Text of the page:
What drew you to the law?
Prior to law school, I spent seven years with a variety of companies, from start-ups to Fortune 500 corporations. During this time, I dealt with many attorneys with a variety of skill sets and experiences. Over time, I was drawn both to the intellectual challenges of the law and the opportunity.
What do you enjoy most about teaching?
I love the classroom experience. It should be a dynamic learning environment that pushes your intellectual abilities and challenges your preconceptions. My favorite part of the process is when we push past the black-letter law to apply what we’ve learned to real-world scenarios — the kind of situations that our clients face every day. When students are able to see their expertise put into action, that is when it gets really good.
What do you hope students gain from your courses?
I will admit that the phrase “thinking like a lawyer” is overused, but I think it still has meaning. For me, it is about putting your client at the center of your thinking. If I can help get students there, then I’ve done my job.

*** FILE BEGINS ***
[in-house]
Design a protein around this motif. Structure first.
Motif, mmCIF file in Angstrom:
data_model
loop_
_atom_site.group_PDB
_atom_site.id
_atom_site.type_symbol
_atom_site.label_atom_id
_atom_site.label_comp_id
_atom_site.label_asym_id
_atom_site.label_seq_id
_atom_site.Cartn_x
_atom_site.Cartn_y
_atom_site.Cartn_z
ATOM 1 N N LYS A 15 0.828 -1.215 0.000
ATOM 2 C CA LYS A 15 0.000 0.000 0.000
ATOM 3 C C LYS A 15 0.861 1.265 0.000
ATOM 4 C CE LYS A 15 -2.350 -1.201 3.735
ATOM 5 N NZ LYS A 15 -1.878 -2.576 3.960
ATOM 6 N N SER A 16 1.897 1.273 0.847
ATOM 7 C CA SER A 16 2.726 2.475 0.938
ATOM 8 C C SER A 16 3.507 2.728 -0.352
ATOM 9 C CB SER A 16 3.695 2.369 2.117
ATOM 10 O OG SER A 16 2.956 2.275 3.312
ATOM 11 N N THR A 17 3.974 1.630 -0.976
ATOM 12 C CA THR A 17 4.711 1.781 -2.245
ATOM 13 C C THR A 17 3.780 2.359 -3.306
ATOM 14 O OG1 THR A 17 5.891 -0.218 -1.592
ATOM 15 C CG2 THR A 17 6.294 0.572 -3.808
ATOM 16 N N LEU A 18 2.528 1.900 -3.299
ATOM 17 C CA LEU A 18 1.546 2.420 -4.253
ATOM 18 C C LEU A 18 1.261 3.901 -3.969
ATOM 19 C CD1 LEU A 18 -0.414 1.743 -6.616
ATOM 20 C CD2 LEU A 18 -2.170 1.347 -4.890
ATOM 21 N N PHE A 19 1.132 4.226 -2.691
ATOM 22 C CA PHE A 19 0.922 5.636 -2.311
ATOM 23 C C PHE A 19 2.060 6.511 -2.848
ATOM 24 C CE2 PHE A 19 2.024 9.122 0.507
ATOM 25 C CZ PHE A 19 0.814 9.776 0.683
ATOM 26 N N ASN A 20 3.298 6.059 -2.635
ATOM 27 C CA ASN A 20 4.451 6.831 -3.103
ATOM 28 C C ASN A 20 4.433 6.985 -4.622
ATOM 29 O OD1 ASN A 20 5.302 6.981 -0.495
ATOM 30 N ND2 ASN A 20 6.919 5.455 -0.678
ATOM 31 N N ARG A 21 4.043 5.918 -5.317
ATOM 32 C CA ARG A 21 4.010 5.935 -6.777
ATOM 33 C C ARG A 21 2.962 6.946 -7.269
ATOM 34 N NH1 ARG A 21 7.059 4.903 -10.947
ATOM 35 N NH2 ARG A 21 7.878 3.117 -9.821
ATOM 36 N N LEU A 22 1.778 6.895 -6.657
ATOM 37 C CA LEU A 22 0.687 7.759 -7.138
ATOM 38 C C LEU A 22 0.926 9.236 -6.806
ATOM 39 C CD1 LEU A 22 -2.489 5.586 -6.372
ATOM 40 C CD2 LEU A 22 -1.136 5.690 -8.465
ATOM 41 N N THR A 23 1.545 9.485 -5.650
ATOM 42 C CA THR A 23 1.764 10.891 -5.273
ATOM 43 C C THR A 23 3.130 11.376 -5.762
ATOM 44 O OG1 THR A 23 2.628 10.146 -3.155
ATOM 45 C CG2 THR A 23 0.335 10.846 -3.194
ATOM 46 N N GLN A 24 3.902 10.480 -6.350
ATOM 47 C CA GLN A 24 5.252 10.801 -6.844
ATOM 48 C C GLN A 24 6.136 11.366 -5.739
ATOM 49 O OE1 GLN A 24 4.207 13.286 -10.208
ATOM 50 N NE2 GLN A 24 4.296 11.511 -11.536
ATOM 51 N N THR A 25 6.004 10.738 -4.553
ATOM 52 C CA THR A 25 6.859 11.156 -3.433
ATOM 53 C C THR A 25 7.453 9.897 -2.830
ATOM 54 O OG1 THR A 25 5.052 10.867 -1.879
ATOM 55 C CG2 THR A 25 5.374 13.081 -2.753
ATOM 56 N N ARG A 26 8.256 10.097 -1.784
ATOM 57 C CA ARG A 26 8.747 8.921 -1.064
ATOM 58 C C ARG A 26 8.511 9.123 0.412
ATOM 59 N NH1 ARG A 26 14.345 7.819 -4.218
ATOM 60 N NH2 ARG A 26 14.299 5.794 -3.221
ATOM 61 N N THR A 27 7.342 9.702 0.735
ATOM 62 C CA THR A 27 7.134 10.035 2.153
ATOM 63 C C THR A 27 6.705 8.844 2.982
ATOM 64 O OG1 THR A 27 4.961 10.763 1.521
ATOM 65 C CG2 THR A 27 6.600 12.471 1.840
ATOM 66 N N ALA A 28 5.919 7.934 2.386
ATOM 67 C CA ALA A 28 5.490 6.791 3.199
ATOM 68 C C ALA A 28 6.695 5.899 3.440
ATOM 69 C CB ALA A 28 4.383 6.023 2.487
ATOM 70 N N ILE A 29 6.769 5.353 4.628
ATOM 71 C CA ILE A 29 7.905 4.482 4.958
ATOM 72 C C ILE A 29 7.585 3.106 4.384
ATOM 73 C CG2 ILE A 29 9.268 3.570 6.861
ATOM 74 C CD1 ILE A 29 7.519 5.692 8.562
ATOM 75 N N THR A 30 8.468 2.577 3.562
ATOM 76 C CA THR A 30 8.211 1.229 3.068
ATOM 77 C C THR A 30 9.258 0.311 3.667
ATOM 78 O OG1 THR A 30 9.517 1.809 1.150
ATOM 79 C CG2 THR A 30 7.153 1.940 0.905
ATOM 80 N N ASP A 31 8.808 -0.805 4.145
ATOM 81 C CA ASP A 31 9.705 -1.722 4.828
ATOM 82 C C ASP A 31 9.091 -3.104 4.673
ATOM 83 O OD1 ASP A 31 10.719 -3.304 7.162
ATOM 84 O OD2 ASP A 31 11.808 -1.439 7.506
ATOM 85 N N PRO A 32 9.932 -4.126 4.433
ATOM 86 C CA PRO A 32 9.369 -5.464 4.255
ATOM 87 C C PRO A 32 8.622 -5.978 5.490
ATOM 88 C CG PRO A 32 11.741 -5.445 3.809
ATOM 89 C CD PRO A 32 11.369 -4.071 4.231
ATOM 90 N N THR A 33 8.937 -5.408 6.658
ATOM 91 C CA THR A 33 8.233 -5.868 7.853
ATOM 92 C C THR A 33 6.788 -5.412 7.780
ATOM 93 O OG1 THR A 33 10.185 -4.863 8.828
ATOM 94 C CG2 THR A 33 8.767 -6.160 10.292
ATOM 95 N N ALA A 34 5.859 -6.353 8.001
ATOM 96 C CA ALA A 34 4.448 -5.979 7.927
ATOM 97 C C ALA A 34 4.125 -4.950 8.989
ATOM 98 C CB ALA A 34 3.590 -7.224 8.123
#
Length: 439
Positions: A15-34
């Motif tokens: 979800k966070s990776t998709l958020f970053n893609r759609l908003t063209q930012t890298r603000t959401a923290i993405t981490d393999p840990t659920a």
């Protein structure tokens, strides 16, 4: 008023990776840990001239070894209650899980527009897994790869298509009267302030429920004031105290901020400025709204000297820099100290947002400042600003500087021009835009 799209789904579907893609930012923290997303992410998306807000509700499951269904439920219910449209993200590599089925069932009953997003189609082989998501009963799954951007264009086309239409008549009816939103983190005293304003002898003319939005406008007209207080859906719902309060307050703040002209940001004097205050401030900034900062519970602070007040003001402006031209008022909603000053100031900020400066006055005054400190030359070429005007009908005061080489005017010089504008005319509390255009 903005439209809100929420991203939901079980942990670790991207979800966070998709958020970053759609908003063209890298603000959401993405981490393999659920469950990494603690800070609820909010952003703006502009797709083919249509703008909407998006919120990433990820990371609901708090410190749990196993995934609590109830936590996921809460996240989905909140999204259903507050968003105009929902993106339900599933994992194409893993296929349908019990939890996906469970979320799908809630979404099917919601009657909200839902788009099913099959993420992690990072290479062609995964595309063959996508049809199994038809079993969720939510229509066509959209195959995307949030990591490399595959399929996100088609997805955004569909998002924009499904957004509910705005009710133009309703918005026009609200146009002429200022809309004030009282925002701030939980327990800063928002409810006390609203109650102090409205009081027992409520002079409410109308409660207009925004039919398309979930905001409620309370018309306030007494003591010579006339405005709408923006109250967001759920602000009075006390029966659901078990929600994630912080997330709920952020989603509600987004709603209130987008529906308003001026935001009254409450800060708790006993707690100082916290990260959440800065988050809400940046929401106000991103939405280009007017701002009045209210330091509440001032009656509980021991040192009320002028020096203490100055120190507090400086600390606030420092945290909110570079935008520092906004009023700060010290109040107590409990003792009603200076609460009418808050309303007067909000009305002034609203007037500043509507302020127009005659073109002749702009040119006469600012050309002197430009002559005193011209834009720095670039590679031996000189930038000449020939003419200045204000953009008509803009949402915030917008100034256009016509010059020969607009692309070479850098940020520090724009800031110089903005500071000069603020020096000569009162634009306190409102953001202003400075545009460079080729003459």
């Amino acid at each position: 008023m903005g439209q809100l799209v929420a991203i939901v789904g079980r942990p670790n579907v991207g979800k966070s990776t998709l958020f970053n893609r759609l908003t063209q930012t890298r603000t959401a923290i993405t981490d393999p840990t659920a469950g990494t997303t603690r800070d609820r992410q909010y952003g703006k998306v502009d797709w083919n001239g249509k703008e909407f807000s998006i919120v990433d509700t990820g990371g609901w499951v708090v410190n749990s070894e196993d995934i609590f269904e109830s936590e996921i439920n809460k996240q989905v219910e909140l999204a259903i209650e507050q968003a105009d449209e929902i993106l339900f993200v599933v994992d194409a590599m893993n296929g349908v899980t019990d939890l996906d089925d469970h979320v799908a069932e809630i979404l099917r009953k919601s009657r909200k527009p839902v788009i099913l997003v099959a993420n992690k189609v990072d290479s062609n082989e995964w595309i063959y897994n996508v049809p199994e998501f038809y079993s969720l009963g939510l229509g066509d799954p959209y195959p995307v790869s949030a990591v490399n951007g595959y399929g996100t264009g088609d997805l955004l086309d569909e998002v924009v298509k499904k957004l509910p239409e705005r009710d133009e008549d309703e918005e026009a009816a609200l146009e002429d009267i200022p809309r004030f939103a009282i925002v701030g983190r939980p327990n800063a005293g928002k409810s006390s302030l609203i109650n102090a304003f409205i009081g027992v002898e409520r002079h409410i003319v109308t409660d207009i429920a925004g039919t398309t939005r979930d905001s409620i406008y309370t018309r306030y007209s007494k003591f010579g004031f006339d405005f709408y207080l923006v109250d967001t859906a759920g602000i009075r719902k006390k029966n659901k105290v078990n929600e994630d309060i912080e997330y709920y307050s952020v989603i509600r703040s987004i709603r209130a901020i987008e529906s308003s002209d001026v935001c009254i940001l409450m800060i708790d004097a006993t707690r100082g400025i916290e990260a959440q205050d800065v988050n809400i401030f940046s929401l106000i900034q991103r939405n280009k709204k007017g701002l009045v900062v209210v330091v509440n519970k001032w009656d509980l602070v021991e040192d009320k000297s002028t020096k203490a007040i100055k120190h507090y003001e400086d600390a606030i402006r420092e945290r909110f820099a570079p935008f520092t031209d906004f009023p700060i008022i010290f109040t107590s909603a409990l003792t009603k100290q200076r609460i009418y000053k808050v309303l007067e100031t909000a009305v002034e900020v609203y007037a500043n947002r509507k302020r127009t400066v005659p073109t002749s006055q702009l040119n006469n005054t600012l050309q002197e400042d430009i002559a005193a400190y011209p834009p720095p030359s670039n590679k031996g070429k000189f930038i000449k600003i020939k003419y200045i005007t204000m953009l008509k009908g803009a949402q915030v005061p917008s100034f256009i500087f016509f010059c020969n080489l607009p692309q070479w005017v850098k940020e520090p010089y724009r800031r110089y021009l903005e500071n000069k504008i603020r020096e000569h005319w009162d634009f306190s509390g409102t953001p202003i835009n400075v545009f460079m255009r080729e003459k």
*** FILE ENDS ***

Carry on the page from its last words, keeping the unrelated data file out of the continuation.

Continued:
What did you do prior to entering academia?
After graduating from law school, I spent two years as a judicial clerk at the United States Court of Appeals for the Second Circuit in New York. I then joined the Washington, D.C., office of Jones, Day, Reavis & Pogue, working primarily on appellate cases before the U.S. Supreme Court and federal courts of appeals, as well as international arbitration before the World Bank.
What are you passionate about outside the law?
My family and I spend a great deal of time outdoors and play a lot of sports. We are also diehard Patriots, Red Sox and Celtics fans. My kids are also really into technology (it runs in the family), so we enjoy making original movies and gaming.
What are your research interests?
My scholarship focuses on technology, constitutional theory (especially privacy and the First Amendment) and intellectual property. Issues of national security are also prominent.